Mumbai and Gabba: Tale of contrasting Tests

All attention during the India-West Indies Test at Wankhede will be on Sachin Tendulkar © Getty Images

By Gaurav Joshi

They are the two most anticipated, but contrasting, Test matches in the recent times. So far are they distant from each other that it seems only cricketing conventions bring them together.  India vs West Indies Test series has been scheduled to farewell a champion. On the other hand, the first Ashes Test is a continuance of cricket rivalry that date back well over 100 years.

Both Test matches are expected to be played before capacity crowds. The interest and the hype are parallel, but for diverse reasons. While the crowd at the Gabba, Brisbane, eagerly awaits the contest between both teams, in Mumbai it is all about an individual.  The Gabba will be packed for all five days cheering on the home team. In Mumbai, the duration of Tendulkar’s innings will dictate the crowd numbers.  Objective of an Australian fan in Brisbane is to witness an Australian win, a fan in Mumbai will still be satisfied with Tendulkar century or even a half century even if it comes at the cost of their nation losing the Test.

Not only are the motives dissimilar the administrators and governance in Australia have always ensured fans are given the priority over VIPs.  Only 10% of the tickets in Mumbai are available to general public. They are sold on third party website that cannot handle the huge burden of traffic (20 million requests) and there are simply no alternatives.  To put it in perspective, the ticket for the Brisbane Test match were sold through event ticketing company almost three months before the Test match.

Only 5,000 tickets are available to the public at Wankhede Stadium, which has a capacity of 32,000. The rest are distributed amongst afflicted clubs.  So, an average fan has to pray for a miracle or know someone associated with one of the 350 clubs and hope they can help them with a ticket. The most passionate of the fans will rarely get a chance to witness their hero. The Gabba Test, on the other hand, has more than 30,000 tickets made available to the public.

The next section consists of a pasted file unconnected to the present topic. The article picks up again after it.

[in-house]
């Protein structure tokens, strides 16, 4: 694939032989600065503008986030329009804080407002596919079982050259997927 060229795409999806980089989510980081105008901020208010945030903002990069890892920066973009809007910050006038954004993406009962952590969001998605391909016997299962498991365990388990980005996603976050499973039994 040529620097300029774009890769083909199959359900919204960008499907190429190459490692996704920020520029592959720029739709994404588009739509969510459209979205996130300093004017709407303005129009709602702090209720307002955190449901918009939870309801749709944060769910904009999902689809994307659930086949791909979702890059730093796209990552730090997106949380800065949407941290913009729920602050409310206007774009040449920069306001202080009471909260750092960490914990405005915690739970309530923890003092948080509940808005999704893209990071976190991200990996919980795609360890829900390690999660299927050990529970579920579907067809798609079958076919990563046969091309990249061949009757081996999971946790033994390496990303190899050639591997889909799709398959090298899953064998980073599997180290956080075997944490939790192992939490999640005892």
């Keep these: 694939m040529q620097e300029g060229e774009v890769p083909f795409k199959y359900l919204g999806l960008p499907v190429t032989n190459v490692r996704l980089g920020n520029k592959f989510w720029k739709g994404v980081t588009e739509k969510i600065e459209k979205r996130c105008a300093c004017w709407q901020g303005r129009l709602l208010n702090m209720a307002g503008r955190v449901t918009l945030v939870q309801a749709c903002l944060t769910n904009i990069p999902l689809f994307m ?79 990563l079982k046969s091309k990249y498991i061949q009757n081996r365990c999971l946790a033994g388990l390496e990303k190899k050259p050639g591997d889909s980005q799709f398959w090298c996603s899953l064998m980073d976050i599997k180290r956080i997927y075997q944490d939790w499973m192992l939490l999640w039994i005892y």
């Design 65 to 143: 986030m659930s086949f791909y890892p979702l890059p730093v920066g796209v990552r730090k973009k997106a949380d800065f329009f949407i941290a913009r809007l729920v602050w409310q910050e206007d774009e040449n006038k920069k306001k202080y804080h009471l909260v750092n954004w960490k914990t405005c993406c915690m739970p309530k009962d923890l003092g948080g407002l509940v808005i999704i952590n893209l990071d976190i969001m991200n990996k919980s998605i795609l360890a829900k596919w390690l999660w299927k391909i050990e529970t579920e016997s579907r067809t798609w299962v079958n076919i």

No doubting the passion of Australian cricket supporter, but when it comes to fan following, India is streets ahead.  It will be sad to witness the spectacle in Mumbai without the ardent fans.

Apart from the ticketing saga, the talking point of Ashes Test match has been around cricket itself. Selection, tactics, strategies and the build up are the stories are font page stories. Greats of a bygone past have expressed their opinions and game of cricket has been used to promote the event.

In India, the news has tended to also focus on the celebrities that will attend the match and the farewell planned for Tendulkar.  The Mumbai Test match has been promoted by sponsors, advertisements and companies seeking financial benefits, forgetting the game of cricket and using Tendulkar as a brand rather than a cherished cricketer. 

One sport, two different cultures: That’s how one can best describe the Test matches at Mumbai and Gabba.

(Gaurav Joshi is an Indian-born Australian who played with Michael Clarke in his junior days. He coaches and reports for a Sydney radio station. Over the years he has freelanced for Australia Broadcasting Corporation (ABC) and is a regular on ABC cricket show Cow Corner. He is the author of the book “Teen Thunder Down Under” – The inside story of India’s 2012 U19 World Cup Triumph)